16 April 2011
“A true bubble is when something is overvalued and intensely believed,”

From an article entitled: Conventional Education Will Go the Way of Farming.  Heh.

12 September 2008

“Comedy shows, like universities, are where ideas go to die.”  Brian Micklethwait.


21 November 2007
Podcast: Brian and I talk about education

There is more to education… than just preparing people to earn lots of money.  Education is also something that prepares you to make do with much less money.

Brian’s Education Blog, if not actually back, is about to be.  So, what better way to celebrate could there be than to do a podcast on education?

In the podcast we talk about sovietisation, compulsion, discipline, the educational impact of Elvis Presley and how teddy bears will go about teaching quantum physics.

Well, that’s the blurb.  Actually, I think it is a bit of a ramble.  An interesting ramble but a ramble nevertheless.  The lesson is that there is a huge difference between being an interviewer and an interviewee.  The last couple of times I have been the interviewee, so I forgot that as interviewer you have to prepare.  Preparation doesn’t have to take very long - all that’s really required is to find out what the interviewee wants to say and tell him what questions you want to ask.  But it’s essential.  Lesson learned.  Until it’s forgotten again.

04 March 2007
In case you haven’t already…

Here are a few of the items I enjoyed this week:

  1. Tony Blair holds a summit on gun crime but somehow fails to invite Rob Fisher: “I know the solution, and it is really very easy and straightforward. Drum roll please. Are you ready? Legalise drugs.  No-one ever got shot over cigarettes, alcohol, or anything you can buy for £2.99 from Boots.”
  2. Jeremy Black has a couple of good articles on the First World War.  Here and here.
  3. Also from the Social Affairs Unit, William Rubinstein offers an historical perspective on the current cash for honours scandal.
  4. Live Aid: “Fund-raising event which helps needy African dictators enlarge their fleets of Mercedes, while simultaneously enabling white, midole class people to demonstrate conspicuous compassion.”  Harry Phibbs reviews How to be Right: The Essential Guide to Making Lefty Liberals History.
  5. Stewart Brand, environmentalist heretic. (hat-tip: Instapundit)
  6. Want to get ahead in the USA?  Easy: brag.  OK, so that’s a bit of an over-simplification of a thought-provoking, if long, article.  (Hat-tip: Instapundit)
  7. An academic bemoans the state of British education before the Guardian journalist interviewing him proceeds to prove it: “It’s superficial stuff, fine for the general populous,...” Oooh.
  8. “At last, a machine fully compatible with Windows Vista.” Heh.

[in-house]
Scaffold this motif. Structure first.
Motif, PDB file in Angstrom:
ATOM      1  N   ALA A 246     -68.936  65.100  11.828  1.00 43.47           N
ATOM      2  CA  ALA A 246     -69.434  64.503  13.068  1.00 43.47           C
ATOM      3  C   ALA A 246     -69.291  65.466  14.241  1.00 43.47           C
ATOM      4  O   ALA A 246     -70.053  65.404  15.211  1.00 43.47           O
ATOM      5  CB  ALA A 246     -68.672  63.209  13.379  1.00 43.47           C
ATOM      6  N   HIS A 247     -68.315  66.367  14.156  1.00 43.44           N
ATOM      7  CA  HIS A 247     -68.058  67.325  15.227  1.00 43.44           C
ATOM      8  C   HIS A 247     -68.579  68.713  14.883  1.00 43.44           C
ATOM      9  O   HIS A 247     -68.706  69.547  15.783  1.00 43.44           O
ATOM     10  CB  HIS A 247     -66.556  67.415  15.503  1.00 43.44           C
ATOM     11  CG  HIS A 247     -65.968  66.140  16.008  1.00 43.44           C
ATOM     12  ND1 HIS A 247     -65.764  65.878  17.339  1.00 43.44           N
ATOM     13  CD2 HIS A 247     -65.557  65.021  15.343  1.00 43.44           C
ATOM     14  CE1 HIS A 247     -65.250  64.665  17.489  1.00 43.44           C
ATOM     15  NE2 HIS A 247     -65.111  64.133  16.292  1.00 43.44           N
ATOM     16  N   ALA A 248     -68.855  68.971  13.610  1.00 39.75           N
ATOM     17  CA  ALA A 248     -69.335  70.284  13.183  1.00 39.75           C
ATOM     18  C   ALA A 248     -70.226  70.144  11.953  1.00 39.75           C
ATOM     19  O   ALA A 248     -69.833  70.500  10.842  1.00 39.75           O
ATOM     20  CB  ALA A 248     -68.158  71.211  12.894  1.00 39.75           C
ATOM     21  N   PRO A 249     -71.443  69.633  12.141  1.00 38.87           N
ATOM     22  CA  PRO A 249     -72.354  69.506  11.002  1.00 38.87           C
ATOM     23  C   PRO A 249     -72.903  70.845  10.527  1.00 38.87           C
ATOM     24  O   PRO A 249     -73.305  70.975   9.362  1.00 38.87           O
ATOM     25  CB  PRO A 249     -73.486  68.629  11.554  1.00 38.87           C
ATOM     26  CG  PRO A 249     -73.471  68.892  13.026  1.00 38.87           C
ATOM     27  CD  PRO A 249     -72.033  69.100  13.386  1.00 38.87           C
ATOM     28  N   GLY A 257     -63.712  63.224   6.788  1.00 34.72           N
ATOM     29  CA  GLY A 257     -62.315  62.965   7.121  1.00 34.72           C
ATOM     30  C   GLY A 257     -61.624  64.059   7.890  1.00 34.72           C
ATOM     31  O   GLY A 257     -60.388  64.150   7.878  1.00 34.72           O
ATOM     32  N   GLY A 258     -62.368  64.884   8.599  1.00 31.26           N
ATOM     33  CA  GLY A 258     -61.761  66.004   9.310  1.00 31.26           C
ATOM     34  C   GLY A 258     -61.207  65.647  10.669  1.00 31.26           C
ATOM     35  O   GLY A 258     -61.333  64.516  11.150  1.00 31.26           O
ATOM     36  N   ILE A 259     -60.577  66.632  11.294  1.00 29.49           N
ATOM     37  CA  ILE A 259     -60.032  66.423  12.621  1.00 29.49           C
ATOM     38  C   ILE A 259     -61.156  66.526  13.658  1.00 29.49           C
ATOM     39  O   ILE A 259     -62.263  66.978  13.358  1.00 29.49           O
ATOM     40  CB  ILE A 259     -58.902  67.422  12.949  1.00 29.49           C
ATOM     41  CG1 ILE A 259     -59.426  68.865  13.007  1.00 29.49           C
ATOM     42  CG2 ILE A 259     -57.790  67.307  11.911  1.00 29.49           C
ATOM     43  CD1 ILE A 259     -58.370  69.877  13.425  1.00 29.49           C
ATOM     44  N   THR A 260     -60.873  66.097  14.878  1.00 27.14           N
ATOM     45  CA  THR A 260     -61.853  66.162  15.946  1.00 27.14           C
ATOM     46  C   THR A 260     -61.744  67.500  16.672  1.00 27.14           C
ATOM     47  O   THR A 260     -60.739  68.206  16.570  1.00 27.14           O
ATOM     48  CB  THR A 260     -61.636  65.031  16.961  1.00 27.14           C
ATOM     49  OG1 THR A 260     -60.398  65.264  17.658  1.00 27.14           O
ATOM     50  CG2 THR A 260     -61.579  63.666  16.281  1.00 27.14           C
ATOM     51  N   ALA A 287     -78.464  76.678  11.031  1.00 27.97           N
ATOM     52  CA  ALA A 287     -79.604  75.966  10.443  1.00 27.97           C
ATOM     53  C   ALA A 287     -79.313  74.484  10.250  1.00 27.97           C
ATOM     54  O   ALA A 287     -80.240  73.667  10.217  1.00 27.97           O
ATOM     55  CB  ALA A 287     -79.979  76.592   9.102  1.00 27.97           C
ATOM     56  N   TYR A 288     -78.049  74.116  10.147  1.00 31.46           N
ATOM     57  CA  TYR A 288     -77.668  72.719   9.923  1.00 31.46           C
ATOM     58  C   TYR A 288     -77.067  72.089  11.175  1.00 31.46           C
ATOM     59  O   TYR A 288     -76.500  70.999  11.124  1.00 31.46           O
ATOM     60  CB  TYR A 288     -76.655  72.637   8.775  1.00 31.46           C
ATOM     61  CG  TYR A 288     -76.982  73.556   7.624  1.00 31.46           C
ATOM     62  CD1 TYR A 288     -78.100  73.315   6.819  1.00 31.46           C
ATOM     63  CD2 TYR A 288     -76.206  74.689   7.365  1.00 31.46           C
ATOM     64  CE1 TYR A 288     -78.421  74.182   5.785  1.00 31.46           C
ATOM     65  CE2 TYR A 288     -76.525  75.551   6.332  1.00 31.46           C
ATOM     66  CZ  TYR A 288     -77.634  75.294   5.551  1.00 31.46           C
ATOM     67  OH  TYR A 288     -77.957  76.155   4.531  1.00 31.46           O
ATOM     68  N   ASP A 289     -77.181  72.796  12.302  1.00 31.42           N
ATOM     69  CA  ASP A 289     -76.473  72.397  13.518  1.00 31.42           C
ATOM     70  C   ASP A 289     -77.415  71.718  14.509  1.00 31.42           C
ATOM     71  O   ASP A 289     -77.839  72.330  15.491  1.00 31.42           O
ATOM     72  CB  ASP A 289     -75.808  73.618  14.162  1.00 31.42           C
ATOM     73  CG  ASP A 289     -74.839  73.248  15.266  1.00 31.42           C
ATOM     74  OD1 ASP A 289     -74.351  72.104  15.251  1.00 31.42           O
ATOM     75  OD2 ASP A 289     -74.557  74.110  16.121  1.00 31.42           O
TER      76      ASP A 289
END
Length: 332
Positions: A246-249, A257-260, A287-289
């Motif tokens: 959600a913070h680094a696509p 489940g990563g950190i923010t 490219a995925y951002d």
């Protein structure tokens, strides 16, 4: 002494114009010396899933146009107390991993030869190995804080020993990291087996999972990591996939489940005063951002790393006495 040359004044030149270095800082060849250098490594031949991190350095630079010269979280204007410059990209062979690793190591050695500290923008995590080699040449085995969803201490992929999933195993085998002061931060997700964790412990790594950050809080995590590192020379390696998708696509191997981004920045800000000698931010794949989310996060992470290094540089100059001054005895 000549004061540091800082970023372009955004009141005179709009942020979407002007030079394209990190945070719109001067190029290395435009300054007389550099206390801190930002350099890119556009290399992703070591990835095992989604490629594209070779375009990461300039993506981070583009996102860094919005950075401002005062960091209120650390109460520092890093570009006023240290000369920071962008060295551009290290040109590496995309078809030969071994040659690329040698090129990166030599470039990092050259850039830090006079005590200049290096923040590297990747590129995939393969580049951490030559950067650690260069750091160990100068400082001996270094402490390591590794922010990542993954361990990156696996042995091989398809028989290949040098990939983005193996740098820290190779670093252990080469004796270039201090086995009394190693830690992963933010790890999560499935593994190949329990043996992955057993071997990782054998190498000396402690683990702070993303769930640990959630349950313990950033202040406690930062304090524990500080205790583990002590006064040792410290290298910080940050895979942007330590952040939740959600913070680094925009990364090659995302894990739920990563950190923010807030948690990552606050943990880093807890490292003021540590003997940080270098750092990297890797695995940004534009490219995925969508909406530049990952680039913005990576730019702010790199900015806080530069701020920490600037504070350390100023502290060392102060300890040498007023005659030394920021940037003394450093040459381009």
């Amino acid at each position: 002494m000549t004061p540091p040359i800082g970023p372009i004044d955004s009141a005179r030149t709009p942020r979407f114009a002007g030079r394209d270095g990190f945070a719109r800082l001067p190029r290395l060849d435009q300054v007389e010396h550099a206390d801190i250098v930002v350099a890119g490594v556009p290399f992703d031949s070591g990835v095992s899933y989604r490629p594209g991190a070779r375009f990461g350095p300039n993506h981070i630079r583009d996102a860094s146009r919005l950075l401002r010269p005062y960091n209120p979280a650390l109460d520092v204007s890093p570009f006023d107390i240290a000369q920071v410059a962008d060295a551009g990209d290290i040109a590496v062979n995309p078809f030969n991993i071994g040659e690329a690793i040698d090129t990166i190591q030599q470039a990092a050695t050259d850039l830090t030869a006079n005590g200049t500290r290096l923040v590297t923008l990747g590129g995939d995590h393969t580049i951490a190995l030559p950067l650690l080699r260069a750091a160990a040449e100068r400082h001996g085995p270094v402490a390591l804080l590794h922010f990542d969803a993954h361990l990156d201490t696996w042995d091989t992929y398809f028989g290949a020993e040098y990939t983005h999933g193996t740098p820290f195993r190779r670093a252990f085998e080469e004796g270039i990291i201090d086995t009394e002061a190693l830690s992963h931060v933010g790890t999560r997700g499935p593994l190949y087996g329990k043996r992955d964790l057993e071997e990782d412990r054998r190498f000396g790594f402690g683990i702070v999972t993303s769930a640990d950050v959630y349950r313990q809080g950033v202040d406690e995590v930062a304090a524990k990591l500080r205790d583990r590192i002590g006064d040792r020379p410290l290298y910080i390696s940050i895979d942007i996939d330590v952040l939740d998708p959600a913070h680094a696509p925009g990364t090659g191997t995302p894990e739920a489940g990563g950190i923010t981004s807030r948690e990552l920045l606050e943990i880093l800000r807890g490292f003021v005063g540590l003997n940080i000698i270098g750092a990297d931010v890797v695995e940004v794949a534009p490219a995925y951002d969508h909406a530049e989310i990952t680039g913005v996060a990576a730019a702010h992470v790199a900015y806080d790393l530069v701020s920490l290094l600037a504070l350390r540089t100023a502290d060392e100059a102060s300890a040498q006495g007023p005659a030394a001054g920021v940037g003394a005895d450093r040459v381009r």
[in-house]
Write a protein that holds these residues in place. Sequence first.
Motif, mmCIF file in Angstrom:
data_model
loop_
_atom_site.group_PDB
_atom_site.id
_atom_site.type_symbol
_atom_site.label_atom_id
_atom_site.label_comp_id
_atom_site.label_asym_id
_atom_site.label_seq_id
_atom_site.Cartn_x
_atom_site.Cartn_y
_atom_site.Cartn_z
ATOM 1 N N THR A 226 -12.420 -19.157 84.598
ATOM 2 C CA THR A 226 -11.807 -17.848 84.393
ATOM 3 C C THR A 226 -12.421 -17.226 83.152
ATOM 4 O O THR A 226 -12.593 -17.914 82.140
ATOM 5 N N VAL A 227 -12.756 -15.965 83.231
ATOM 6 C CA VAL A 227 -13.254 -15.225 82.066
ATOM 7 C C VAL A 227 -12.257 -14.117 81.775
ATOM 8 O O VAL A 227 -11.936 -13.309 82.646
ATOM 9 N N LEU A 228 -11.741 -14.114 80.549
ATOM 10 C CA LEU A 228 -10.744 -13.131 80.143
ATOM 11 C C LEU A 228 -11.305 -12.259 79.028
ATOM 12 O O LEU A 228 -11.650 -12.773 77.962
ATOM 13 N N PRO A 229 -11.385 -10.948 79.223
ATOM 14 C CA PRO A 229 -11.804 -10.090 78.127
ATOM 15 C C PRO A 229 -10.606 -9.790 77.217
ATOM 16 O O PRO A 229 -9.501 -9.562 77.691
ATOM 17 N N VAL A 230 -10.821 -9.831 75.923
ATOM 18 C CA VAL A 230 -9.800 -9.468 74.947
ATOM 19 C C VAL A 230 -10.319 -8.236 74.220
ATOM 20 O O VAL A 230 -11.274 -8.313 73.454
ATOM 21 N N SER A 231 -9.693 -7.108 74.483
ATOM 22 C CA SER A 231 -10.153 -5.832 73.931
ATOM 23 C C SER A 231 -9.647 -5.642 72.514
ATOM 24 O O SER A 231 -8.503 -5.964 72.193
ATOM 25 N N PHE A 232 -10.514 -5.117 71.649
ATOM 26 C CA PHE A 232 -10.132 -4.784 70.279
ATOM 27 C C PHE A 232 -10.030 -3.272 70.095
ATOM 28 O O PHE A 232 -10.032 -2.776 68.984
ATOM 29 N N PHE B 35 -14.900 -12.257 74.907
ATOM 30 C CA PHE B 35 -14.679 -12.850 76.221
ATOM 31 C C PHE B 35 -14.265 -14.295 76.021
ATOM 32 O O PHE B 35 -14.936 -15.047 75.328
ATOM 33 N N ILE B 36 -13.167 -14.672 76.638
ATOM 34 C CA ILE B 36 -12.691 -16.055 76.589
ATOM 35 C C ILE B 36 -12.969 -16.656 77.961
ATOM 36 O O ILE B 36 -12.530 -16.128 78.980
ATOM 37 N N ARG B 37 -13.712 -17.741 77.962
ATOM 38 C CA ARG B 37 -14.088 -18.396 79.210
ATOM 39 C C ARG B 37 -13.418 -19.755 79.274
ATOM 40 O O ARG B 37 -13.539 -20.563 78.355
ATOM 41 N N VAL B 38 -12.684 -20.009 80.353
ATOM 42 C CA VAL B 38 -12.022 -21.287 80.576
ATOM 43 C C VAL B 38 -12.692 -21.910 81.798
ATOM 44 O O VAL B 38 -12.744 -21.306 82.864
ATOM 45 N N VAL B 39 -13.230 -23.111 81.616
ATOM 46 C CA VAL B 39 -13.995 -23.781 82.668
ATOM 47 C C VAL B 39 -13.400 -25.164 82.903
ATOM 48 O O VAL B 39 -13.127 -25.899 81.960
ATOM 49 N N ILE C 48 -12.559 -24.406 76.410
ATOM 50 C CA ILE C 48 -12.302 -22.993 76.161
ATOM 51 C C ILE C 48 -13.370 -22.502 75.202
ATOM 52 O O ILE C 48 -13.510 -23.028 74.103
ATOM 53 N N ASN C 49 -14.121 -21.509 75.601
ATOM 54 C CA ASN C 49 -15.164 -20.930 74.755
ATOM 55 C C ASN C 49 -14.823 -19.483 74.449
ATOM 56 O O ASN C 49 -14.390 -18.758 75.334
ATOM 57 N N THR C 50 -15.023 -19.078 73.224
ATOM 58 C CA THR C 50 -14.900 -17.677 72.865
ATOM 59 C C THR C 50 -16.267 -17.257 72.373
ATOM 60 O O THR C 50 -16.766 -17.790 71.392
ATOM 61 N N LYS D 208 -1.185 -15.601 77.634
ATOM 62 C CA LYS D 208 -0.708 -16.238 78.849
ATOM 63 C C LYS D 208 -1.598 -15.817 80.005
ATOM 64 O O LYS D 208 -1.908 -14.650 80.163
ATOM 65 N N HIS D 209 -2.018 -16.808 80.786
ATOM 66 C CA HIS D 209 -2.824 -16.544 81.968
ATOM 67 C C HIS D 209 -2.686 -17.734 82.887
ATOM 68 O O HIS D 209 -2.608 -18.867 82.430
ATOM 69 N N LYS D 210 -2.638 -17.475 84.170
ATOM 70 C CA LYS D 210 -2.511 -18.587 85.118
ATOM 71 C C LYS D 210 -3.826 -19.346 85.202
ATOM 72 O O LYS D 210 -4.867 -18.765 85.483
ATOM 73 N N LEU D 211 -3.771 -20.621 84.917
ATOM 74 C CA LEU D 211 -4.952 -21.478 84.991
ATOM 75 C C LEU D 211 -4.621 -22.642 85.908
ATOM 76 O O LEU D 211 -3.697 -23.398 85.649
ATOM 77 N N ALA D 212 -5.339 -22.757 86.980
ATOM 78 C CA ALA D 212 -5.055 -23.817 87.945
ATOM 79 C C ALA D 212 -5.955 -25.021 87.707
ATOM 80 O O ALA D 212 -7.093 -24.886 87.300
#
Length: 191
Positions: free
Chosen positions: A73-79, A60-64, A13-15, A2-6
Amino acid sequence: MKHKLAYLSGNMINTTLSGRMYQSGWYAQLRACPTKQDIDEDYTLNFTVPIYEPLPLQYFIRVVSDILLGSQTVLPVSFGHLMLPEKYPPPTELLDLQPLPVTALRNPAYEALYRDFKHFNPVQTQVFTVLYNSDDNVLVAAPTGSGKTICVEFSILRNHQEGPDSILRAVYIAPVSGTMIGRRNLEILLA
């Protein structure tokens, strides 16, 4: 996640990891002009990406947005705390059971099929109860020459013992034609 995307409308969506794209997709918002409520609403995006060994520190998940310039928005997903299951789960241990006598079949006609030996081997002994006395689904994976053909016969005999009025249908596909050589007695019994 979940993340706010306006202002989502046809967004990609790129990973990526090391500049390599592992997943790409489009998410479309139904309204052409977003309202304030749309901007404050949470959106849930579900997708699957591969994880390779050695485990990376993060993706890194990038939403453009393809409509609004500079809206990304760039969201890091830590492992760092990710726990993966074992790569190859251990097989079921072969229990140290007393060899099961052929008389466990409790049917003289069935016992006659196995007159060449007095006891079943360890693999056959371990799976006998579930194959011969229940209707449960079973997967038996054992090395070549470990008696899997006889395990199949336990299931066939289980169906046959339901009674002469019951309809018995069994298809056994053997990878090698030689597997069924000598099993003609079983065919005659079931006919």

18 February 2007
In case you haven’t already…
  1. Harry Hutton considers the issue of smoking inspectors:
    If we can raise a fighting fund of £500,000 we can probably drive many of them into exile, arranging for gangs of hoodlums to break their windows, drag them from their homes and tar and feather them.
    Ha! Unlikely, for sure, but looking to the future, is it really beyond the bounds of possibility?
  2. Just when you thought it was safe to surf free of pop-ups, WordPress (of all people) bring them backJackie isn’t too impressed either.
  3. Free market think tank sets up school.  Or does it?
  4. The standard version of the Madrid train bombing is that the government tried to pin it on ETA when, in fact, it had been carried out by Islamists.  John Chappell begs to differ.
  5. A photo of Roman Abramovich from the 1980s.  Seems there’s nothing new in the blank expression, even when, as it would appear here, he has plenty to smile about.
  6. Helen Szamuely feels the need for a German national identity.  Which begs the question, if they don’t already have one, what is it that is keeping them together?  Also check out Helen’s article on Willi Munzenberg - Josef Goebbels’s propaganda nemesis.
  7. France’s Socialist Party has selected a good-looking woman to be its candidate in the up-coming Presidential election.  This has implications.  But only an economist can tell us what they are.
  8. Don’t fancy yours much… Mark… Anthony.
  9. I know this item is called: “If you haven’t already…” but I have never made it clear what you may not already have done - read it, or seen it.  For instance, while I have read this article on bullying in the Russian Army I haven’t seen it and I am not sure I want to.  The British Army, of course, is so much better.  While we’re on the subject of English Russia don’t forget to check out, well… everything.

Toodle Pip!

20 December 2006
Brian Micklethwait and Leon Leow produce an excellent podcast

I have just finished listening to Brian Micklethwait’s podcast with Leon Leow.  A bit late in the day, admittedly - it was recorded about a month ago - but none the worse for that.  Actually, it’s rather better than that.  It’s really very good.  The centre of their discussion is Leow’s research into what makes countries rich and what makes them poor.  Make that statistical research.  What is interesting is that Leow sticks to the statistics even when it leads to conclusions he would normally disagree with.

The big one is tax.  Tax rates have no effect on prosperity. Bad news for me.  But that’s OK.  It only removes one of the props of my argument.  But, still, interesting.

The other big surprise (sort of) is education.  Now, while I am against state education I am by no means against education as such.  But it turns out that it either (I can’t quite remember what he said) doesn’t matter or actually makes you poorer.

A nice surprise was that race makes no difference.

The biggest factor in prosperity is the rule of law.  Get that right and you should be OK.  That was no surprise to me at all but it’s always nice to hear.

One of the amusing parts of the discussion was the way Leow managed to keep his temper in the face of Brian’s frequent enthusiastic interruptions.  London libertarians are used to the idea that Brian’s Brain runs considerably faster than his mouth (which itself runs quite fast enough) but it can be quite disconcerting at first.  So congratulations to Leon.

Update Oh crap, I’ve spent Louw wrong the whole way through.

06 December 2006
Smoke and mirrors

I was watching BBC Breakfast, I know, big mistake.  There was an item on healthy school dinners or, at least, what the government thinks represents healthy school dinners.  Now, I switched on too late to see the start but the gist was that here was a school that had contracted out its catering (golly would you believe that I proposed the very own thing to my own school some 2x years ago - precocious or what?) The outcome (according to the pupils interviewed) was much better choice and quality, the implication being that here was a scheme that could be rolled out to the rest of the country.

Hmm.  The assumptions were that:

  • safety/being healthy is the only thing - they aren’t
  • the government knows what is healthy
  • the pupils were being entirely straight and honest.
  • the government could roll this out to other schools around the country

I think I disagree with them all.